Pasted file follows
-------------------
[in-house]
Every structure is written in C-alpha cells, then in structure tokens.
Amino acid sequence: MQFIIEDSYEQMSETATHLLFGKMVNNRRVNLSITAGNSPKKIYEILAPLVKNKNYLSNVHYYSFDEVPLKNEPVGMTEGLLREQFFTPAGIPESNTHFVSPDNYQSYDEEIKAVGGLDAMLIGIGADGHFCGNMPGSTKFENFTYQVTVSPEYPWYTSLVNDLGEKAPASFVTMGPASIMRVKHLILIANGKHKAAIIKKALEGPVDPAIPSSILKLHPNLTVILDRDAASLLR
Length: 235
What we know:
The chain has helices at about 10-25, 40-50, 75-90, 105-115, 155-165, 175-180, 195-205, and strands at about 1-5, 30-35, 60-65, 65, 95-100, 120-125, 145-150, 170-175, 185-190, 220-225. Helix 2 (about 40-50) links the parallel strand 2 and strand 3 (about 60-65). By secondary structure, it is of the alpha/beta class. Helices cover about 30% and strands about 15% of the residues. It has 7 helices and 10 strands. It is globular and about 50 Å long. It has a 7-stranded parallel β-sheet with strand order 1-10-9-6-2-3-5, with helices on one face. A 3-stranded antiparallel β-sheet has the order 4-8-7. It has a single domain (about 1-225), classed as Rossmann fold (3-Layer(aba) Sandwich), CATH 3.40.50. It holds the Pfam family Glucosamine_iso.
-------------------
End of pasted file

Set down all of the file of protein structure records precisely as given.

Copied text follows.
[in-house]
Every structure is written in C-alpha cells, then in structure tokens.
Amino acid sequence: MQFIIEDSYEQMSETATHLLFGKMVNNRRVNLSITAGNSPKKIYEILAPLVKNKNYLSNVHYYSFDEVPLKNEPVGMTEGLLREQFFTPAGIPESNTHFVSPDNYQSYDEEIKAVGGLDAMLIGIGADGHFCGNMPGSTKFENFTYQVTVSPEYPWYTSLVNDLGEKAPASFVTMGPASIMRVKHLILIANGKHKAAIIKKALEGPVDPAIPSSILKLHPNLTVILDRDAASLLR
Length: 235
What we know:
The chain has helices at about 10-25, 40-50, 75-90, 105-115, 155-165, 175-180, 195-205, and strands at about 1-5, 30-35, 60-65, 65, 95-100, 120-125, 145-150, 170-175, 185-190, 220-225. Helix 2 (about 40-50) links the parallel strand 2 and strand 3 (about 60-65). By secondary structure, it is of the alpha/beta class. Helices cover about 30% and strands about 15% of the residues. It has 7 helices and 10 strands. It is globular and about 50 Å long. It has a 7-stranded parallel β-sheet with strand order 1-10-9-6-2-3-5, with helices on one face. A 3-stranded antiparallel β-sheet has the order 4-8-7. It has a single domain (about 1-225), classed as Rossmann fold (3-Layer(aba) Sandwich), CATH 3.40.50. It holds the Pfam family Glucosamine_iso.